And the Logos became flesh and lived among us, and we have seen his glory, the glory as of a father’s only son, full of grace and truth.
When we read that passage at church yesterday, my mind went back to something that N.T. Wright said about the Temple and about Jesus. The Temple was considered by the Jewish people to be the literal presence of God: where heaven and earth actually touched. Then Jesus shows up and begins to use Temple language about himself; like the time that he said they could destroy the temple and it would be raised in three days. The dwelling of God was now not a building, but a person.
The Logos became flesh and lived among us. Heaven and earth met in this man. What must that have meant for the presence of God not to be a building of brick and mortar (not what the Temple was made of, I know), this fixed point where only one person could enter the Holy of Holies once a year?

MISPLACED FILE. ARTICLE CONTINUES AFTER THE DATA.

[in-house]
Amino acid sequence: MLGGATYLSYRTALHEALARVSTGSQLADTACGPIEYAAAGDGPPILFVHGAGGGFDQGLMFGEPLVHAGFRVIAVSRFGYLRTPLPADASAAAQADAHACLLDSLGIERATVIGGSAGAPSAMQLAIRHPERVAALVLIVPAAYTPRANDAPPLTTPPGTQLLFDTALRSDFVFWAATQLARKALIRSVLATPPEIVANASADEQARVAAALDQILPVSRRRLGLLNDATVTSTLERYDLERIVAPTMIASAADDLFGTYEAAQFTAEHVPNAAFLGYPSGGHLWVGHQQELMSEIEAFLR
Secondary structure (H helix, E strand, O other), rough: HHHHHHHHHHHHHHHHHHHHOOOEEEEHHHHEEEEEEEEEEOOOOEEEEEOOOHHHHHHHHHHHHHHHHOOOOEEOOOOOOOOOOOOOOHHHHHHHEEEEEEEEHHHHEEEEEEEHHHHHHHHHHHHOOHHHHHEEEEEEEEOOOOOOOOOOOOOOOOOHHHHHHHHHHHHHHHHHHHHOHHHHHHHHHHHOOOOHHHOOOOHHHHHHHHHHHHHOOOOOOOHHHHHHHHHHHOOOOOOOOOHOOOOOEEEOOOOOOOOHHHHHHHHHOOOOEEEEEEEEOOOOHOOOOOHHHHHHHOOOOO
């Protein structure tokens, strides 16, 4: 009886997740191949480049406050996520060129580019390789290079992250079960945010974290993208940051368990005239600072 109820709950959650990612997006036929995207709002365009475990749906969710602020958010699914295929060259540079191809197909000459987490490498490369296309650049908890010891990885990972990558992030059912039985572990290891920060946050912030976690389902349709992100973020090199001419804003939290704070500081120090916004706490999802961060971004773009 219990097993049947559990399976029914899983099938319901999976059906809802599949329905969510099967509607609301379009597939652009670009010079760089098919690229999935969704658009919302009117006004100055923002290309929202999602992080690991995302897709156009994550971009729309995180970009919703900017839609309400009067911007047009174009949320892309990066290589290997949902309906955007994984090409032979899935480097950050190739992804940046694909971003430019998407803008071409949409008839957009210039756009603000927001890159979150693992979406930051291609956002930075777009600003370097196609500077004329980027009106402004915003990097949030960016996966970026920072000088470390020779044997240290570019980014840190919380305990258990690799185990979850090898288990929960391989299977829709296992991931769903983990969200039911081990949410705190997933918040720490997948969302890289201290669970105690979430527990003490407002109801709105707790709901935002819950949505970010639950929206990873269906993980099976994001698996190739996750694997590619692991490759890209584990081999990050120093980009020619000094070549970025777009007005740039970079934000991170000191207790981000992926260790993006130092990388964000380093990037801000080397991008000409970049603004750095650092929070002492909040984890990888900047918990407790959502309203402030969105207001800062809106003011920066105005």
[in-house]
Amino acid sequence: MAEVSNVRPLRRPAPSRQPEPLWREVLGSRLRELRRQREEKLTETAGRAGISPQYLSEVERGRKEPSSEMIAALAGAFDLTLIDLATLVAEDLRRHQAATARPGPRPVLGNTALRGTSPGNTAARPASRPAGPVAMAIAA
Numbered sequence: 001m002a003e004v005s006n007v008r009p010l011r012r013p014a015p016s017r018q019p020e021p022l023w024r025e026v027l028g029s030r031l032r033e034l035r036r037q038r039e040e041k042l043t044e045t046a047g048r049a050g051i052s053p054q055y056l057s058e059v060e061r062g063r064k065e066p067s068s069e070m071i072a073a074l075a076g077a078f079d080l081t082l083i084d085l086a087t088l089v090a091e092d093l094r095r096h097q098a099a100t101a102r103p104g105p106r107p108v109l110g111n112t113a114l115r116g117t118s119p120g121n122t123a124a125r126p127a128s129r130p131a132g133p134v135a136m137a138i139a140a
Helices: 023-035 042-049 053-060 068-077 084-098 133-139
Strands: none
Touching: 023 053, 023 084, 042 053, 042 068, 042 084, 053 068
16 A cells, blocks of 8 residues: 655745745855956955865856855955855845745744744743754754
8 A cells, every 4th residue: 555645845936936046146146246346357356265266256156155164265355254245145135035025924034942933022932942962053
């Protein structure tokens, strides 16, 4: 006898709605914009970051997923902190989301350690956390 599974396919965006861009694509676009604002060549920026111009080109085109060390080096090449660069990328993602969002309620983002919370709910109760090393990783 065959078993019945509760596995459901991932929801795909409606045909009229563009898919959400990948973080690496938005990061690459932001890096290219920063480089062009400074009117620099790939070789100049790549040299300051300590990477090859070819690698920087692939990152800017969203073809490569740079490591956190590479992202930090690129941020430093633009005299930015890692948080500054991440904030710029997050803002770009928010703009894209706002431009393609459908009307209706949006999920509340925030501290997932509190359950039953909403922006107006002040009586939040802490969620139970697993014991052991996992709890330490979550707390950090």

What must it have meant for the presence to be a living, breathing, moving human being who spoke heaven and released Gods presence with a touch?
For it to be someone that talked and dined and shared with people who would never be considered worthy to enter the Holy of Holies? Women, Gentiles, the maimed, the poor, the utterly sin-stained. Some of these people would not have been able to go to the Temple at all. Yet God’s love was coming to their town and opening the Holiest of Holies up for all to see.
It makes sense why comparing one’s self to a Temple would make people angry. For a man to compare himself to the Temple of God and then to live in the way that Jesus did among the people with whom he lived, there is no wonder it was scandalous. You can understand why such talk, why such a man would be seen as a danger.
Yet there God is: becoming one of us. There is much in Christianity that makes me uncertain. There are times that I feel lost or like an outsider. Yet I hold onto this: Jesus as God among us. And when we look at this walking, talking, loving Temple—the Logos made flesh—we can get a sense of what God is like.